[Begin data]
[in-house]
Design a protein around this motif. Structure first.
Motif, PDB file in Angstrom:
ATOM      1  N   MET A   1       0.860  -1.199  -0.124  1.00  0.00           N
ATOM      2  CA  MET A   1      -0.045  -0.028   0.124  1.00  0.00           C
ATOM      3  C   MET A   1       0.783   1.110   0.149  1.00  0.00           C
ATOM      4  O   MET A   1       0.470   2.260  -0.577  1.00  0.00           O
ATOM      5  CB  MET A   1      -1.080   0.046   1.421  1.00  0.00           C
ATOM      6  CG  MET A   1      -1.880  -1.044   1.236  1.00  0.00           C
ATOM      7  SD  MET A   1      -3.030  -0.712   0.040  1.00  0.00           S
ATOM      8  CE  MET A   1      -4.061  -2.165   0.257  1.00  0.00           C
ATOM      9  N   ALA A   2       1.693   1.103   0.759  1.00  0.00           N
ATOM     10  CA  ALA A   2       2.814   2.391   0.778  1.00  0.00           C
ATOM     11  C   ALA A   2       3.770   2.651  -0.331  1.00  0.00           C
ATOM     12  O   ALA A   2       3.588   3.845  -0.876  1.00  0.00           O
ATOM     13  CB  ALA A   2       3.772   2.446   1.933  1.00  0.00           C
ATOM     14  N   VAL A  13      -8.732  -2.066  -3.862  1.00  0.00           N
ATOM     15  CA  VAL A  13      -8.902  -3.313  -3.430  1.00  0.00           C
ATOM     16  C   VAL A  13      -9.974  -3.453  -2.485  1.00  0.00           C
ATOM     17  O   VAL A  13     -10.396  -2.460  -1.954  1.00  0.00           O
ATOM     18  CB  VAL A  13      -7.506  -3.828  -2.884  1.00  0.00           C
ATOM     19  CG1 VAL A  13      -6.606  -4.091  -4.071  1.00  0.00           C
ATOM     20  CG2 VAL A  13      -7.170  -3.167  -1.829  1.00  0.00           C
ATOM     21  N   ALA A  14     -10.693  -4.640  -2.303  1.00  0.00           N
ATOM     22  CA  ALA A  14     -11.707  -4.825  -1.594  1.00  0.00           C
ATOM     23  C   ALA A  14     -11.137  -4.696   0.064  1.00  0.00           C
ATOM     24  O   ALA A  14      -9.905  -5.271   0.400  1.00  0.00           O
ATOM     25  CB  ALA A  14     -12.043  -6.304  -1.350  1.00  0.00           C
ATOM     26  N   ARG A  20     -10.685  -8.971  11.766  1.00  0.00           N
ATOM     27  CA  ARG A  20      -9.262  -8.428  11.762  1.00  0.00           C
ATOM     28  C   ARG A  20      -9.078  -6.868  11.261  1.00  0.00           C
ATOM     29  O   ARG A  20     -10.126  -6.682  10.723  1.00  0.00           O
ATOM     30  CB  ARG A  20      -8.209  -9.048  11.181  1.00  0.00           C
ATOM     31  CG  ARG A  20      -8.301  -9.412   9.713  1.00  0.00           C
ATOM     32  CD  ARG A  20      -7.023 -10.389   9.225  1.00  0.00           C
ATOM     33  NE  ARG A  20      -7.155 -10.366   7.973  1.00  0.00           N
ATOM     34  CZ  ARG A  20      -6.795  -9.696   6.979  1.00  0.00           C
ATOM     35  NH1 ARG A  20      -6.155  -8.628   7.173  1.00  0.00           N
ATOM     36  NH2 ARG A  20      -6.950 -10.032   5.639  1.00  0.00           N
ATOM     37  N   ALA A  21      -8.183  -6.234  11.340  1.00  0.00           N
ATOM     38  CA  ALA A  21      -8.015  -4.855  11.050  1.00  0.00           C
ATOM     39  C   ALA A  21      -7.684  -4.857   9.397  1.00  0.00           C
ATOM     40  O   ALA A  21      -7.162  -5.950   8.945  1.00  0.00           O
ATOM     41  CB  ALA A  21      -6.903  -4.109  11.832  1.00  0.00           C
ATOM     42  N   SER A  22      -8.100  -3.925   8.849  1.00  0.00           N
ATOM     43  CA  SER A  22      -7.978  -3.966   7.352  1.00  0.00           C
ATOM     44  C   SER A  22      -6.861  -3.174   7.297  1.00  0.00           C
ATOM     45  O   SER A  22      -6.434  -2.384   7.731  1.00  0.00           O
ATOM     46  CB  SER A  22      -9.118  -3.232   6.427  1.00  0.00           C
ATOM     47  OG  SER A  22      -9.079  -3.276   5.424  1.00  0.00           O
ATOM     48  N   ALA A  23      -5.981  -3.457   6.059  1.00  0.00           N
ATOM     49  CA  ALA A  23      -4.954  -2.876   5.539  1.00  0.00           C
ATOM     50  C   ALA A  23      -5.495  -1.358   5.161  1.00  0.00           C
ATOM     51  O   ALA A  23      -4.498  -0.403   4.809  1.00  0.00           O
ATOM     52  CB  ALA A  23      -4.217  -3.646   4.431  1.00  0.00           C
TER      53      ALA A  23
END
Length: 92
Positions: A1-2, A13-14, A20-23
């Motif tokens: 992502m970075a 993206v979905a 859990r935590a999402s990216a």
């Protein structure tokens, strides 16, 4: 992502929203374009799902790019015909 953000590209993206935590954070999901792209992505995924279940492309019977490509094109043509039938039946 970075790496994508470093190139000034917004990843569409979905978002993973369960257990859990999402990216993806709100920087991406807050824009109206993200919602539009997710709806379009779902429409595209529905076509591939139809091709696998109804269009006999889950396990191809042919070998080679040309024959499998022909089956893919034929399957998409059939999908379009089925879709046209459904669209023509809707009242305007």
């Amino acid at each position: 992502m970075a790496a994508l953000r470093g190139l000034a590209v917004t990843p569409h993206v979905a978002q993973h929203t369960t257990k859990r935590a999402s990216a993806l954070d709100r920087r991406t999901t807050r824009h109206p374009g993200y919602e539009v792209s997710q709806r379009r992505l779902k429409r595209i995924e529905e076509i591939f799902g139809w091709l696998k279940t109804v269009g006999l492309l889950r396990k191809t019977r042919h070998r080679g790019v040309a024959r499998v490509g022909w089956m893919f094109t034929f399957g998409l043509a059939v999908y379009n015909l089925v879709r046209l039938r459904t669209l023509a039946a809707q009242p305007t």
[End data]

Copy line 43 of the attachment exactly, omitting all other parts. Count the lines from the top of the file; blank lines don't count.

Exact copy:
ATOM     40  O   ALA A  21      -7.162  -5.950   8.945  1.00  0.00           O